For most of my life, I've programmed CPUs; and although for most algorithms, the big-Oh running time remains the same on CPUs / FPGAs, the constants are quite different (for example, lots of CPU power is wasted shuffling data around; whereas for FPGAs it's often compute bound).

I would like to learn more about this -- anyone know of good books / reference papers / tutorials that deals with the issue of:

what tasks do FPGAs dominate CPUs on (in terms of pure speed) what tasks do FPGAs dominate CPUs on (in terms of work per jule)

Note: marked community wiki

  • Good question - one example is dedicated DSP applications, such as filters, where you can throw as many multiply/adds and as many bits as you need at a given problem, rather than being constrained by the fixed number of execution units and word size of a conventional CPU.
    – Paul R
    May 26 '10 at 7:22
  • 1
    In general when we talk about big-Oh notation we don't concern ourselves with parallelization. Most time saving you get in an FPGA over a CPU is by pipelining your algorithm so that every clock, you input and get an output (though the output will not corresponding to the input that clock cycle.) The whole idea of parallelization is still an open question. If our CPU's were smart enough to realize something is parralelizable without use telling it, we could potentially have orders of magnitude improvements in performance.
    – ldog
    May 26 '10 at 16:23
  • For example, take the problem of sorting. Usually we approach it from a sequential point of view and claim there is an O(n log n) lower bound on the run time. However, on an FPGA with n processors (which isn't so outlandish) you can implement odd-even sort (en.wikipedia.org/wiki/Odd-even_sort a dead easy extension to bubble sort) and sorting will occur in O(n) time!
    – ldog
    May 26 '10 at 16:26
  • Also nowdays, it makes sense to check suitability of GPGPU (e.g. CUDA) for any algorithm that you consider implementing on FPGA. GPGPUs also thrive on massive parallelization, but are less flexible. See stackoverflow.com/questions/317731/cuda-vs-fpga May 26 '10 at 17:41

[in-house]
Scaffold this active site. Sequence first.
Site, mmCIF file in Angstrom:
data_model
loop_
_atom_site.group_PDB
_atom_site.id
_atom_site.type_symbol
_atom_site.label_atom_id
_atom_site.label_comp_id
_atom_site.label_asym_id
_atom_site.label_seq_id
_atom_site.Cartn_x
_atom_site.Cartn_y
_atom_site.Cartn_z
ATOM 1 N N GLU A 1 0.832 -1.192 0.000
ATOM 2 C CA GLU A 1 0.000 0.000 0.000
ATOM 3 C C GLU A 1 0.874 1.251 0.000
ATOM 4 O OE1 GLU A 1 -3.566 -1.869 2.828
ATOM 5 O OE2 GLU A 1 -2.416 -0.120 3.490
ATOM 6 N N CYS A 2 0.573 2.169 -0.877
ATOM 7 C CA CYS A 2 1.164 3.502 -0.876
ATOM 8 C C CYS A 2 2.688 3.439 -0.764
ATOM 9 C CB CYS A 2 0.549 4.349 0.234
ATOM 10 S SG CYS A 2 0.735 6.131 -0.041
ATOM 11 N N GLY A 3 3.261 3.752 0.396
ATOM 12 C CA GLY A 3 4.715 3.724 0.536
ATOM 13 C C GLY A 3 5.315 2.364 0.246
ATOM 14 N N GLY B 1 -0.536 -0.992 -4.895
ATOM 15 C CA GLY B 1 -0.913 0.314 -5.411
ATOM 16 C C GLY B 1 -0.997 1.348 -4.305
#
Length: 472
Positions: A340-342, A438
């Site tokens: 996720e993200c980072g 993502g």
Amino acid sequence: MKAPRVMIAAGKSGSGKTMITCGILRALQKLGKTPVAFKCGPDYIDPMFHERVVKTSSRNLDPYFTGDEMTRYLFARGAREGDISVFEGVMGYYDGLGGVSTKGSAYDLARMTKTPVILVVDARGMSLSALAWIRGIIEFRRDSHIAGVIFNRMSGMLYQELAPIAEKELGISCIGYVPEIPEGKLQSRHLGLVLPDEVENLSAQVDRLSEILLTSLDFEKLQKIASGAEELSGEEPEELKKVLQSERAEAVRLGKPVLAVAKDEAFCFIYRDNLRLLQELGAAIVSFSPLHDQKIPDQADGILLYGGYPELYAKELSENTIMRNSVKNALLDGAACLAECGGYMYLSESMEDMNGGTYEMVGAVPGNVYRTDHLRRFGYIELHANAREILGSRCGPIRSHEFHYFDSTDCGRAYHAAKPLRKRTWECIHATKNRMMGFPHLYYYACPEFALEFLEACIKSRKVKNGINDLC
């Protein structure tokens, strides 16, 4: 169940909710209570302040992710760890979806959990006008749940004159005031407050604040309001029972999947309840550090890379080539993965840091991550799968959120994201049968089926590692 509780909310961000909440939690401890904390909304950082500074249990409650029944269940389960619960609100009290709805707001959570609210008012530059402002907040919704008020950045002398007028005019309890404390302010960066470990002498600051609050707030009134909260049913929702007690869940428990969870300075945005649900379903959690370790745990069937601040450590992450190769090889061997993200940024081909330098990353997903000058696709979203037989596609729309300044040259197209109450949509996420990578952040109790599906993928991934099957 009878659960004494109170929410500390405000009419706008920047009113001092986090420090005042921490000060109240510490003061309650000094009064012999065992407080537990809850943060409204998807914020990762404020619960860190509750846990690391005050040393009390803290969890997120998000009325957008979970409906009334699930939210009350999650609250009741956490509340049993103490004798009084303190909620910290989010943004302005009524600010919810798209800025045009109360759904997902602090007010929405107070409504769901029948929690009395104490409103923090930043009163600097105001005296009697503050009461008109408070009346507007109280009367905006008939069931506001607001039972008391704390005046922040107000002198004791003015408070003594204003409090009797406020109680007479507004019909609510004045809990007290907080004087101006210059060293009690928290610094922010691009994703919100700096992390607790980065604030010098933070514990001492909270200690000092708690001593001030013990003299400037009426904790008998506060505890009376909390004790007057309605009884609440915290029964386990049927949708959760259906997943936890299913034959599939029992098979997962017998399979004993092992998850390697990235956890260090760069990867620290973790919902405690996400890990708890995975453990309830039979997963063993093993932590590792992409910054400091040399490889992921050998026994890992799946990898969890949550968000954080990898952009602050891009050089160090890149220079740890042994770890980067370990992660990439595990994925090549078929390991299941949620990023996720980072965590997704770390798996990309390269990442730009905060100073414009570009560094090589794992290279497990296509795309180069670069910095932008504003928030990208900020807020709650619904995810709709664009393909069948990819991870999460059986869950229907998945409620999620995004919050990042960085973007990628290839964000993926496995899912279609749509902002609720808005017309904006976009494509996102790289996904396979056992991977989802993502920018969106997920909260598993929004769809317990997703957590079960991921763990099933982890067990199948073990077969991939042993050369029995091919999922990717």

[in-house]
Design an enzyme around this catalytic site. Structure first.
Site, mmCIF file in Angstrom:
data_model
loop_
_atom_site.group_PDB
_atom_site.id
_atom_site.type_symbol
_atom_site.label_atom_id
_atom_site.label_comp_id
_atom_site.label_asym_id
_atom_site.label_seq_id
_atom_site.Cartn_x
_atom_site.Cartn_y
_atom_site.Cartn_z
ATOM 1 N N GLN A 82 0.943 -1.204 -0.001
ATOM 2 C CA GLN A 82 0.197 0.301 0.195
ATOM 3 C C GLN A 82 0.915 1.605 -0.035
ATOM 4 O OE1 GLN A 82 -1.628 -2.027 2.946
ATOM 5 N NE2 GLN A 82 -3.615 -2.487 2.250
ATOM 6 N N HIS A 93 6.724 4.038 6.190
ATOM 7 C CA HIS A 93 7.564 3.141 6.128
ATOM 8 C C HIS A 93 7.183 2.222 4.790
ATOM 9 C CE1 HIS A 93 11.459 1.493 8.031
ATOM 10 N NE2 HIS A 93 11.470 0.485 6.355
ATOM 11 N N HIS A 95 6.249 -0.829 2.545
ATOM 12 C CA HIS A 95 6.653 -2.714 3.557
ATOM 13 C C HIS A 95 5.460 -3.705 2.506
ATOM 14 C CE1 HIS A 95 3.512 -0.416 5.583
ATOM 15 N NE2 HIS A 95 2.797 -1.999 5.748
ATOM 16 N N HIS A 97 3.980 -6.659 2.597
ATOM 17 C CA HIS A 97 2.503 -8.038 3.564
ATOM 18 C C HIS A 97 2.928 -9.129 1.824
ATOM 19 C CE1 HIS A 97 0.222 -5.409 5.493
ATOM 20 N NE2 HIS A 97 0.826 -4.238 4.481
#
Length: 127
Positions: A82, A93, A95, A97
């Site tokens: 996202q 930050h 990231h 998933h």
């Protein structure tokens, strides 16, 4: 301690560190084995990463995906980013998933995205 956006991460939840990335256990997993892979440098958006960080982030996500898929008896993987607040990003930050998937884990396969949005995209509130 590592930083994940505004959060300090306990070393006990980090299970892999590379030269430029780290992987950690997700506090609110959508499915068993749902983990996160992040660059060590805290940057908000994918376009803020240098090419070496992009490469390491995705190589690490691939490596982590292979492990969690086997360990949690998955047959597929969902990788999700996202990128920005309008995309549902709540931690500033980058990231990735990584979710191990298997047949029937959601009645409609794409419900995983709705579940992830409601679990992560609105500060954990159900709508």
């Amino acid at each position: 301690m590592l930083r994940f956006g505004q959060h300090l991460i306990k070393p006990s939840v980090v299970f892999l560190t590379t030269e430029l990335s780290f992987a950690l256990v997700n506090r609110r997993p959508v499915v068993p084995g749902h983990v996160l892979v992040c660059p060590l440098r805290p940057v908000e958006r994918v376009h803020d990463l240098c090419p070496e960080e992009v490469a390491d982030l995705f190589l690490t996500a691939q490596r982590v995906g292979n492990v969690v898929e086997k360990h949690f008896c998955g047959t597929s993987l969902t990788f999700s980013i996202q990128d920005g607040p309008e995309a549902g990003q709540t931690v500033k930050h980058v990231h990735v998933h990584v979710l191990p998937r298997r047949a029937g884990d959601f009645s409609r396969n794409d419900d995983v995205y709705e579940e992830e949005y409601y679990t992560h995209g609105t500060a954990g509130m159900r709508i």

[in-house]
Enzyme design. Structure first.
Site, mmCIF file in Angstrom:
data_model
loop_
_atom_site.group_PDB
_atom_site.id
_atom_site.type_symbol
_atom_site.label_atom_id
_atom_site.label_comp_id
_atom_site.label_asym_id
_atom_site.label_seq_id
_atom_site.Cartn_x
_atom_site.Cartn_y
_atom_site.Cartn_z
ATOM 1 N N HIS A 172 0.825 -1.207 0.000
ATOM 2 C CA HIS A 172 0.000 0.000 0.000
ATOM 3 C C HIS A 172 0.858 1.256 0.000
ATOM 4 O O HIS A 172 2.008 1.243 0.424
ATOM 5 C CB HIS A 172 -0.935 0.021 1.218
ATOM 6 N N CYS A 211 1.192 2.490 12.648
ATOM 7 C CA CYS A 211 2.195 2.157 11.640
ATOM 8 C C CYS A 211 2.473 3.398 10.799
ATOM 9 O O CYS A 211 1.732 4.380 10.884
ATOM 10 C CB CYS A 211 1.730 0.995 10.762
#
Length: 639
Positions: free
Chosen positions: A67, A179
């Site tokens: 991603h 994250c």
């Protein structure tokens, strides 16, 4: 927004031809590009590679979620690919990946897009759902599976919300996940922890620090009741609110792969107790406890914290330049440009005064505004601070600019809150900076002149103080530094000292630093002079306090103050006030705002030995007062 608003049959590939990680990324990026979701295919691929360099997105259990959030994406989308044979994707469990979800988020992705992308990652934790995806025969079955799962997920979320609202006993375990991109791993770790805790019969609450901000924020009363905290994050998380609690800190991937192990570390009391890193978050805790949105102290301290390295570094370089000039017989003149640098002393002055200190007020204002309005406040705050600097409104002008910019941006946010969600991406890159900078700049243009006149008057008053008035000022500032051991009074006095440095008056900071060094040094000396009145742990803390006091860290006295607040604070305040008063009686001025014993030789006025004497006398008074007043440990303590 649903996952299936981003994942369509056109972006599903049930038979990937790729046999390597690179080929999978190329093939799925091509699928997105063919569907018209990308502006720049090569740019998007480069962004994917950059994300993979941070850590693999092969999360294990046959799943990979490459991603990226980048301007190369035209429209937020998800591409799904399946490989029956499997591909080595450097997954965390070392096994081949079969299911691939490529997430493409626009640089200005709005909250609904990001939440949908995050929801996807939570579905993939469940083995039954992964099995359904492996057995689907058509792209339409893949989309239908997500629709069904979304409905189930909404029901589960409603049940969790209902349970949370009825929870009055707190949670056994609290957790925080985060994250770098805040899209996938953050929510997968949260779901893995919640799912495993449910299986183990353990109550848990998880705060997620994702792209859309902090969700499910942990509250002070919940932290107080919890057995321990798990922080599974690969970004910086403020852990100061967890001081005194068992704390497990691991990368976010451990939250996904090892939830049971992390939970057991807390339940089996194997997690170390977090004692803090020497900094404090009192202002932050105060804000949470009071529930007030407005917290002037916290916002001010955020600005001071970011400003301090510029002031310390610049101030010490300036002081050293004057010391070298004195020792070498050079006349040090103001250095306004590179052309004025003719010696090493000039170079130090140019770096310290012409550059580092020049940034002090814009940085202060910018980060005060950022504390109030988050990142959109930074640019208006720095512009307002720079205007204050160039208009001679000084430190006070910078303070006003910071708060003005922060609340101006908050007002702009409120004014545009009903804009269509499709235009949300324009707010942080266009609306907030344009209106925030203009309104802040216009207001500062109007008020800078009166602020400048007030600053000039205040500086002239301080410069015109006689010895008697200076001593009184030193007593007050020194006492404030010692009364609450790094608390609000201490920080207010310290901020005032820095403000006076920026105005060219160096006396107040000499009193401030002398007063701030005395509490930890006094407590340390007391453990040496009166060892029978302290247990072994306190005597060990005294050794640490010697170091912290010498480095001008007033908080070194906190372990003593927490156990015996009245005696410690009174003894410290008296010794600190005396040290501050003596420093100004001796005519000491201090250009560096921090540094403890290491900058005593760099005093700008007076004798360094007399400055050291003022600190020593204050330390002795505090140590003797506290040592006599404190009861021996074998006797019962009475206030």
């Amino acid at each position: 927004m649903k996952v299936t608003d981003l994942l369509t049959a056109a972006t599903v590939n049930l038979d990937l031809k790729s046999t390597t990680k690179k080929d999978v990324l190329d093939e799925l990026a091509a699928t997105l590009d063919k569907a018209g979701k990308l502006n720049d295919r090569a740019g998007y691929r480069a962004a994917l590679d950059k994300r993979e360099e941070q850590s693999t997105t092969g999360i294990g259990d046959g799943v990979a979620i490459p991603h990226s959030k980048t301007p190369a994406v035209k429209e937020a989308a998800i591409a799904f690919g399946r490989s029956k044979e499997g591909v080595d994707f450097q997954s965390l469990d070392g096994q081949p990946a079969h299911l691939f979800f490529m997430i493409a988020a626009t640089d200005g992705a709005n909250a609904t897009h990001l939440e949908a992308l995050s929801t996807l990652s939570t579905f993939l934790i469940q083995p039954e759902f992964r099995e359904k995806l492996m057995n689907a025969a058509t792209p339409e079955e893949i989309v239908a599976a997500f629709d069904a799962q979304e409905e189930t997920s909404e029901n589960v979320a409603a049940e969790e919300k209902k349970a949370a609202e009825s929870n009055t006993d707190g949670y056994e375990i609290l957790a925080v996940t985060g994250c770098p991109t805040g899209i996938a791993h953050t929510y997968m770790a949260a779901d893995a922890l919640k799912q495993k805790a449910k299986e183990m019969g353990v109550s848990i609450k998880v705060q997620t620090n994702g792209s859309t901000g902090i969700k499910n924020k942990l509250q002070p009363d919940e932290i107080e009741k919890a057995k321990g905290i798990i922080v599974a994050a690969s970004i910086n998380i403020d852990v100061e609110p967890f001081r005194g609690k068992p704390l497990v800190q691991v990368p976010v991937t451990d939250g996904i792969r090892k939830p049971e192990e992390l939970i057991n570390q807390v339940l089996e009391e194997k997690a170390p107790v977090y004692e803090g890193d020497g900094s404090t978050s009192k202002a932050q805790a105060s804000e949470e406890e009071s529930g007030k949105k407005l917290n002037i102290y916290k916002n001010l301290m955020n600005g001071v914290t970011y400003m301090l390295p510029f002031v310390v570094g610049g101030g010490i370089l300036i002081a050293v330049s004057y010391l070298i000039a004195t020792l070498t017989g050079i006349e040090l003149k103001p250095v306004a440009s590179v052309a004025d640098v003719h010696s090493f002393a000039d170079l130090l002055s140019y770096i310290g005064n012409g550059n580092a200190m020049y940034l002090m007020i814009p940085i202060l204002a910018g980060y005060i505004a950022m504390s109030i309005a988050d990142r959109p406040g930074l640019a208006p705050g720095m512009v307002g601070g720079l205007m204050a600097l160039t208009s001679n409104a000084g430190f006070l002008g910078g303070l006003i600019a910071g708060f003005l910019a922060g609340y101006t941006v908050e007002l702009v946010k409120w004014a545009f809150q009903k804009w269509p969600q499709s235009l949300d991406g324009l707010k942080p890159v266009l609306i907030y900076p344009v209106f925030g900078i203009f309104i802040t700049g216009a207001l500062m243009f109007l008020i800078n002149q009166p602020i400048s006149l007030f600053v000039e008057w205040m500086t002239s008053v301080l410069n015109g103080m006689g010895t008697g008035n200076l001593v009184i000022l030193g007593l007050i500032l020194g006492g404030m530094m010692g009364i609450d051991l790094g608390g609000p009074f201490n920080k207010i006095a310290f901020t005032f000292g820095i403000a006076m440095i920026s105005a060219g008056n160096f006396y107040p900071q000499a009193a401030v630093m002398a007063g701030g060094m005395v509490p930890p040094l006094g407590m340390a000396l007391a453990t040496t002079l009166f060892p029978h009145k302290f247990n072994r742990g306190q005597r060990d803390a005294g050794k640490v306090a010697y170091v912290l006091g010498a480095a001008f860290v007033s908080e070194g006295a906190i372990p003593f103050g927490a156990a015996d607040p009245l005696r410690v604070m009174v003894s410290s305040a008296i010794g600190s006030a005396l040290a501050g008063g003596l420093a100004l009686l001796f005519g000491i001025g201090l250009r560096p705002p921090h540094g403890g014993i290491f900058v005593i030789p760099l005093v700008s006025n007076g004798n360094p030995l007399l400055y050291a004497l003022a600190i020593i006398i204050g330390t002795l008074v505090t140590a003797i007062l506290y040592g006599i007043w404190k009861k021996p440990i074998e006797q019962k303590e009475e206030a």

• For CPU vs FPGA on "energy" metric, see my answer here stackoverflow.com/a/30765353/984260 which shows that in general, FPGAs are more energy efficient than CPUs.
    – user984260
    Jun 17 '15 at 4:49

[no links, just my musings]

FPGAs are essentially interpreters for hardware! The architecture is like dedicated ASICs, but to get rapid development, and you pay a factor of ~10 in frequency and a [don't know, at least 10?] factor in power efficiency.

So take any task where dedicated HW can massively outperform CPUs, divide by the FPGA 10/[?] factors, and you'll probably still have a winner. Typical qualities of such tasks:

  • Massive opportunities for fine-grained parallelism.
    (Doing 4 operations at once doesn't count; 128 does.)
  • Opportunity for deep pipelining.
    This is also a kind of parallelism, but it's hard to apply it to a single task, so it helps if you can get many separate tasks to work on in parallel.
  • (Mostly) Fixed data flow paths.
    Some muxes are OK, but massive random accesses are bad, cause you can't parallelize them. But see below about memories.
  • High total bandwidth to many small memories.
    FPGAs have hundreds of small (O(1KB)) internal memories (BlockRAMs in Xilinx parlance), so if you can partition you memory usage into many independent buffers, you can enjoy a data bandwidth that CPUs never dreamed of.
  • Small external bandwidth (compared to internal work). The ideal FPGA task has small inputs and outputs but requires a lot of internal work. This way your FPGA won't starve waiting for I/O. (CPUs already suffer from starving, and they alleviate it with very sophisticated (and big) caches, unmatchable in FPGAs.) It's perfectly possible to connect a huge I/O bandwidth to an FPGA (~1000 pins nowdays, some with high-rate SERDESes) - but doing that requires a custom board architected for such bandwidth; in most scenarios, your external I/O will be a bottleneck.
  • Simple enough for HW (aka good SW/HW partitioning).
    Many tasks consist of 90% irregular glue logic and only 10% hard work ("kernel" in the DSP sense). If you put all that onto an FPGA, you'll waste precious area on logic that does no work most of the time. Ideally, you want all the muck to be handled in SW and fully utilize the HW for the kernel. ("Soft-core" CPUs inside FPGAs are a popular way to pack lots of slow irregular logic onto medium area, if you can't offload it to a real CPU.)
  • Weird bit manipulations are a plus.
    Things that don't map well onto traditional CPU instruction sets, such as unaligned access to packed bits, hash functions, coding & compression... However, don't overestimate the factor this gives you - most data formats and algorithms you'll meet have already been designed to go easy on CPU instruction sets, and CPUs keep adding specialized instructions for multimedia.
    Lots of Floating point specifically is a minus because both CPUs and GPUs crunch them on extremely optimized dedicated silicon. (So-called "DSP" FPGAs also have lots of dedicated mul/add units, but AFAIK these only do integers?)
  • Low latency / real-time requirements are a plus.
    Hardware can really shine under such demands.

EDIT: Several of these conditions — esp. fixed data flows and many separate tasks to work on — also enable bit slicing on CPUs, which somewhat levels the field.


Well the newest generation of Xilinx parts just anounced brag 4.7TMACS and general purpose logic at 600MHz. (These are basically Virtex 6s fabbed on a smaller process.)